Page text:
Metro's Hottest Cars
From The Washington Post: a hot tip on boarding a cool(er) car.
Rush hour is often an unpleasant experience—particularly when you're stuck on an un-air-conditioned Metro car.
But, what can one do about it? Something, apparently—avoid the 5000 series cars, The Washington Post reported.
"The 5000 series cars are Metro’s problem children. Of the 371 instances during June in which cars were reported hot, 146 involved cars in the 5000 series. The next closest was the 1000 series, the oldest cars in the fleet, with 93 reports," reported The Post's Robert Thomson, who spent some time last week riding the Metro and taking temperature readings from inside many of Metro's cars.
The highest temperature reading Thomson took last week was 95 degrees (aboard the Orange Line’s car no. 5160), although the highest reading he's taken—ever—was 100 degrees—on the Orange Line's car No. 5121 last year.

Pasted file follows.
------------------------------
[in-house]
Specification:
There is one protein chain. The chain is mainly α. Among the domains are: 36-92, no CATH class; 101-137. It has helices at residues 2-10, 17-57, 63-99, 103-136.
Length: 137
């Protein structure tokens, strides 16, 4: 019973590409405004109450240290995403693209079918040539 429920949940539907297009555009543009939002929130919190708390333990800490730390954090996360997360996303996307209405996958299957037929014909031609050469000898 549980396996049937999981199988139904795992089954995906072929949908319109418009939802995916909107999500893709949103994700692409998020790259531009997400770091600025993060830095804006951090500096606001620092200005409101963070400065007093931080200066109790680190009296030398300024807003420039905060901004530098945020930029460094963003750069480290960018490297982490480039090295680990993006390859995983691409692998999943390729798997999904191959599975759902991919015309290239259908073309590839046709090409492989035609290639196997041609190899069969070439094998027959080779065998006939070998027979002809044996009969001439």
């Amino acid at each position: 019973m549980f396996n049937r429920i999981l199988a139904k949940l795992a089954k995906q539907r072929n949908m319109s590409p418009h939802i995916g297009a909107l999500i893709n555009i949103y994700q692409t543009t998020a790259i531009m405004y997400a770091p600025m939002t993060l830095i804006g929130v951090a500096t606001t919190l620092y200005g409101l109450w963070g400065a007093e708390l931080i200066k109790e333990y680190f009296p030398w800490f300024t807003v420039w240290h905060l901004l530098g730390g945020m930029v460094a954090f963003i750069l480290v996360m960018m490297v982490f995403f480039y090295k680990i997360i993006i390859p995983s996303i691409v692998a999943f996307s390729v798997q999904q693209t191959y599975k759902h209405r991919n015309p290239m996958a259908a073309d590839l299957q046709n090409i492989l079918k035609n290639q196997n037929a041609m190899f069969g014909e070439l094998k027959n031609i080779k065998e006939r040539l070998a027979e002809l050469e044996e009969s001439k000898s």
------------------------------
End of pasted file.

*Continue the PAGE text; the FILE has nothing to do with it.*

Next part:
"Riders waiting on platforms should be especially wary when they see one of those cars in the 5000 series roll up," he added.
Metro will seal off cars if their air conditioners aren't working. To report a hot car, Thomson suggested using a car's intercom to report the car's number—printed near the intercoms—to a Metro operator. That way, the car "can be closed off so others won’t suffer, and a Metro mechanic may be able to fix the problem and get the car back in service while it’s still on the line," Thomson added.
After reporting a hot car, quickly switch to another car at the next station stop, Thomson added.
Read Thomson's full report—including temperature readings from different cars, lines and stations—on The Post.